I was surprised by how much I liked Danny as a narrator. At the beginning, he’s quite angry, and while I understand why, it’s hard to sympathize with someone who can do things like hit cars and get away with it because the insurance and money can just take care of it all. At the beginning of the story, Danny is parent-less soon after turning eighteen, legally an adult, but because of his family’s moderate wealth he doesn’t have to worry about the type of things a lot of teenagers in his situation would. I thought this would alienate me from the story, but this plot line is handled well. Danny realizes his unique position, even when he’s being a jerk at times, so while I can’t say I always liked him, I definitely felt him.
And as the story went on, I did grow to like Danny a lot. I felt a lot of his pain in my own experience, and I understood the feeling of wanting to get away. I liked that there was actually a reason for Danny to go to Japan–it was impulsive, yes, but it had a reasoning behind it. And I really loved the Japan setting. Whitney really utilized the setting of most of this book to it’s fullest potential.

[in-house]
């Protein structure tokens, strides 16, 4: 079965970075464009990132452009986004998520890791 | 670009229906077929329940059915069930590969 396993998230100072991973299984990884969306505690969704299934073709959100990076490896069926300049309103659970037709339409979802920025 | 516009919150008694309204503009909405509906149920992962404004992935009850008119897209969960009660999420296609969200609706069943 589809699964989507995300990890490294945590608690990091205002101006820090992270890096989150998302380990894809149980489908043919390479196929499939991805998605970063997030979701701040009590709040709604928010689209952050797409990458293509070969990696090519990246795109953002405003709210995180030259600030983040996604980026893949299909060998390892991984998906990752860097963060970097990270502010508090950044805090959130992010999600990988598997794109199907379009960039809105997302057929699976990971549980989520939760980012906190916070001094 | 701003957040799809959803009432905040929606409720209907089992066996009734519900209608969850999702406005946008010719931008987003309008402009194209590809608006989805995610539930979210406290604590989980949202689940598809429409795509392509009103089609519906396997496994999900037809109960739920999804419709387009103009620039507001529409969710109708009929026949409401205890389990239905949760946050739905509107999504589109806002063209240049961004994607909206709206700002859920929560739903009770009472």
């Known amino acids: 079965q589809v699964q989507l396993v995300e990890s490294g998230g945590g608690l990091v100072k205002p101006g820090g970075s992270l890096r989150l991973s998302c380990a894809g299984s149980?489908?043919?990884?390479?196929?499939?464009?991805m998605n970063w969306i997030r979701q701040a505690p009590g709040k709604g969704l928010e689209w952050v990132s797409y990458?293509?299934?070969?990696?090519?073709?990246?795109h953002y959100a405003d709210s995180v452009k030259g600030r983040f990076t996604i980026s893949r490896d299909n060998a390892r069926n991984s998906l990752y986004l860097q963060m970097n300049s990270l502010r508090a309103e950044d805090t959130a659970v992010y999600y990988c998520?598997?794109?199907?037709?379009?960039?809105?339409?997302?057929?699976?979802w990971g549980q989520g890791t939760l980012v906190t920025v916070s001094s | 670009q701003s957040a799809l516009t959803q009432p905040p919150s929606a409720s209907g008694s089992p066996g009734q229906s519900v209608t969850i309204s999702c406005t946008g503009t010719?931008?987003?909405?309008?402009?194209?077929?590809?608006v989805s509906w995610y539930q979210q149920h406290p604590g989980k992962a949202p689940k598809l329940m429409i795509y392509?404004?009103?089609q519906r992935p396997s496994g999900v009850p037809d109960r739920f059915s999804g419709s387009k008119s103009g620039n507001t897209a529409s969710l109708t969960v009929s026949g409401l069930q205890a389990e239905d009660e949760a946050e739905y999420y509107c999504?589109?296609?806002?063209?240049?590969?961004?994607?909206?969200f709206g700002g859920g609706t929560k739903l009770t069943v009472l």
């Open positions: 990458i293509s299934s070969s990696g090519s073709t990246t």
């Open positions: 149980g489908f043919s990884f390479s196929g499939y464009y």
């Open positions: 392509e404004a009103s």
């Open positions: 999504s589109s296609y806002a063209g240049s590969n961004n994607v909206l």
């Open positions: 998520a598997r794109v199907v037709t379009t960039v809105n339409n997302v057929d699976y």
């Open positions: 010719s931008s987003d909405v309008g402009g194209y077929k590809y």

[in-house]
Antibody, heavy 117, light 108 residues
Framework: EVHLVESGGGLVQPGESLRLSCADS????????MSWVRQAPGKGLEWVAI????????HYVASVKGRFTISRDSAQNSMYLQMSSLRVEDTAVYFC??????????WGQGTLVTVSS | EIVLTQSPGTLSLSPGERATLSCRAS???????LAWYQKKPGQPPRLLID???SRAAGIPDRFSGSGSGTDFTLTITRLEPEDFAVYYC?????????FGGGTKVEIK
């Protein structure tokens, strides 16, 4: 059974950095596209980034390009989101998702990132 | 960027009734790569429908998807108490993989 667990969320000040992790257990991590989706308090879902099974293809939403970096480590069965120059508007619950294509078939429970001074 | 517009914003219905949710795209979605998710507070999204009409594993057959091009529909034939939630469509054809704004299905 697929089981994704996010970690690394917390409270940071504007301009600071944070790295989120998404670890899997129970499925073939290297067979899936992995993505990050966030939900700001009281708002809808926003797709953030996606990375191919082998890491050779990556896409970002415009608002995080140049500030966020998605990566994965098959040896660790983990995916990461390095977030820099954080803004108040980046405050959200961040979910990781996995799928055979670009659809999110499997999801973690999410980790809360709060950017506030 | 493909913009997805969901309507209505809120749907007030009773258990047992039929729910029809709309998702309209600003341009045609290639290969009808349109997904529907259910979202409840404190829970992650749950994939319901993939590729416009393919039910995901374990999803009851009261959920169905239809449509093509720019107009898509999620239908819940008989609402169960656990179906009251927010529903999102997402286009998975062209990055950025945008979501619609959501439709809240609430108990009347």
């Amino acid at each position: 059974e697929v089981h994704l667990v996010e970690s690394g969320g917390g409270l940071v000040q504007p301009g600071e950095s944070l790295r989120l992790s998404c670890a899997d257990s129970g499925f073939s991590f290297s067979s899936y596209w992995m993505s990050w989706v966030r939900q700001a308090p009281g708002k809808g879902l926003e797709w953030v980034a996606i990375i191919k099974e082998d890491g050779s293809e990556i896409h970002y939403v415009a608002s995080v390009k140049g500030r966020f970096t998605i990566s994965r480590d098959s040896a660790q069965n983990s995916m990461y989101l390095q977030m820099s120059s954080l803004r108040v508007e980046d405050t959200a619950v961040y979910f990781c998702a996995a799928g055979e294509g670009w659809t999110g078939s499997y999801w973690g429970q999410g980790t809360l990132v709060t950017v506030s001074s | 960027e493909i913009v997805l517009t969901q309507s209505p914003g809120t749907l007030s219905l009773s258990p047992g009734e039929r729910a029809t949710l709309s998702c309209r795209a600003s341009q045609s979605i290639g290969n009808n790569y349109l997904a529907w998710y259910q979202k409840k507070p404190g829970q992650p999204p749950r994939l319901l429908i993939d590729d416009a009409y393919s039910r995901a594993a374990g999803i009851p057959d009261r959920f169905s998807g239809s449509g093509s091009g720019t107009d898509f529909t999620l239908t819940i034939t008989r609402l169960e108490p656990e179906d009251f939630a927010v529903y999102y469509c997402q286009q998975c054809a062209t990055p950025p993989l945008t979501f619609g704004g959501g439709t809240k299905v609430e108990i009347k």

This book was just filled with little things that made me love it even more. When You Were Here just had such heart behind it, which is the kind of thing that’s hard to pinpoint in books but also can really make a book special. Once again, the setting was so well-done, and I loved the mutual friendship in this book. Also, Sandy Koufax, the dog in this book, just made me so happy. I love when main characters are pet owners.
As much as I loved this book, there was one subplot I thought really distracted from the main story. It deals with Holland, Danny’s ex-girlfriend, who comes back into his life after his mother dies. Throughout the book, Danny learns the truth, and why I understand why this subplot was included, I just felt it wrapped up too quickly and either needed to be completely cut or explored better. There’s more to the story than that, but it’s quite spoilery.